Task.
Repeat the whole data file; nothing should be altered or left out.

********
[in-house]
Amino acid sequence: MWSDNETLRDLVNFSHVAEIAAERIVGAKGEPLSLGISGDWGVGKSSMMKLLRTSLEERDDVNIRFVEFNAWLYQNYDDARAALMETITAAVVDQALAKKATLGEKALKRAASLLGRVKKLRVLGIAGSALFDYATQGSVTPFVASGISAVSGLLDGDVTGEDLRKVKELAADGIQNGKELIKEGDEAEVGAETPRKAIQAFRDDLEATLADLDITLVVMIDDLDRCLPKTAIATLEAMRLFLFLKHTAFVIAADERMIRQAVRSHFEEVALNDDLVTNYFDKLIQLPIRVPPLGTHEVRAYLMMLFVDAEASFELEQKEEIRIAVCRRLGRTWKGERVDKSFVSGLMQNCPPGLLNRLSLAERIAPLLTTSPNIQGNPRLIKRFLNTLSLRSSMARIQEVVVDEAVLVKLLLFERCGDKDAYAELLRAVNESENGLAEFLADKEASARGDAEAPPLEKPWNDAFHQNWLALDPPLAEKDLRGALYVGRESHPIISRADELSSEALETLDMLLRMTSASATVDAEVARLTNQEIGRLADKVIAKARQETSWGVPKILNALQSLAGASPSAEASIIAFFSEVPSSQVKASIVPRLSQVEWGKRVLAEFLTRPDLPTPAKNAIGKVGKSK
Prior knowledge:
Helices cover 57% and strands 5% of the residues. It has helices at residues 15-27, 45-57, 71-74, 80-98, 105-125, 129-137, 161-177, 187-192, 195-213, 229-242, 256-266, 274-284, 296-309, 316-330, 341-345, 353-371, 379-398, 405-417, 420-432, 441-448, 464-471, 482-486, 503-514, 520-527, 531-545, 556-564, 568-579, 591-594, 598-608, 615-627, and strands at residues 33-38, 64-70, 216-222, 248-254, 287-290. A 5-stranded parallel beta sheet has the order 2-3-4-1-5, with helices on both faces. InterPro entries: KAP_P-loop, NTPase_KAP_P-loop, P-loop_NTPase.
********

[in-house]
Amino acid sequence: MWSDNETLRDLVNFSHVAEIAAERIVGAKGEPLSLGISGDWGVGKSSMMKLLRTSLEERDDVNIRFVEFNAWLYQNYDDARAALMETITAAVVDQALAKKATLGEKALKRAASLLGRVKKLRVLGIAGSALFDYATQGSVTPFVASGISAVSGLLDGDVTGEDLRKVKELAADGIQNGKELIKEGDEAEVGAETPRKAIQAFRDDLEATLADLDITLVVMIDDLDRCLPKTAIATLEAMRLFLFLKHTAFVIAADERMIRQAVRSHFEEVALNDDLVTNYFDKLIQLPIRVPPLGTHEVRAYLMMLFVDAEASFELEQKEEIRIAVCRRLGRTWKGERVDKSFVSGLMQNCPPGLLNRLSLAERIAPLLTTSPNIQGNPRLIKRFLNTLSLRSSMARIQEVVVDEAVLVKLLLFERCGDKDAYAELLRAVNESENGLAEFLADKEASARGDAEAPPLEKPWNDAFHQNWLALDPPLAEKDLRGALYVGRESHPIISRADELSSEALETLDMLLRMTSASATVDAEVARLTNQEIGRLADKVIAKARQETSWGVPKILNALQSLAGASPSAEASIIAFFSEVPSSQVKASIVPRLSQVEWGKRVLAEFLTRPDLPTPAKNAIGKVGKSK
Prior knowledge:
Helices cover 57% and strands 5% of the residues. It has helices at residues 15-27, 45-57, 71-74, 80-98, 105-125, 129-137, 161-177, 187-192, 195-213, 229-242, 256-266, 274-284, 296-309, 316-330, 341-345, 353-371, 379-398, 405-417, 420-432, 441-448, 464-471, 482-486, 503-514, 520-527, 531-545, 556-564, 568-579, 591-594, 598-608, 615-627, and strands at residues 33-38, 64-70, 216-222, 248-254, 287-290. A 5-stranded parallel beta sheet has the order 2-3-4-1-5, with helices on both faces. InterPro entries: KAP_P-loop, NTPase_KAP_P-loop, P-loop_NTPase.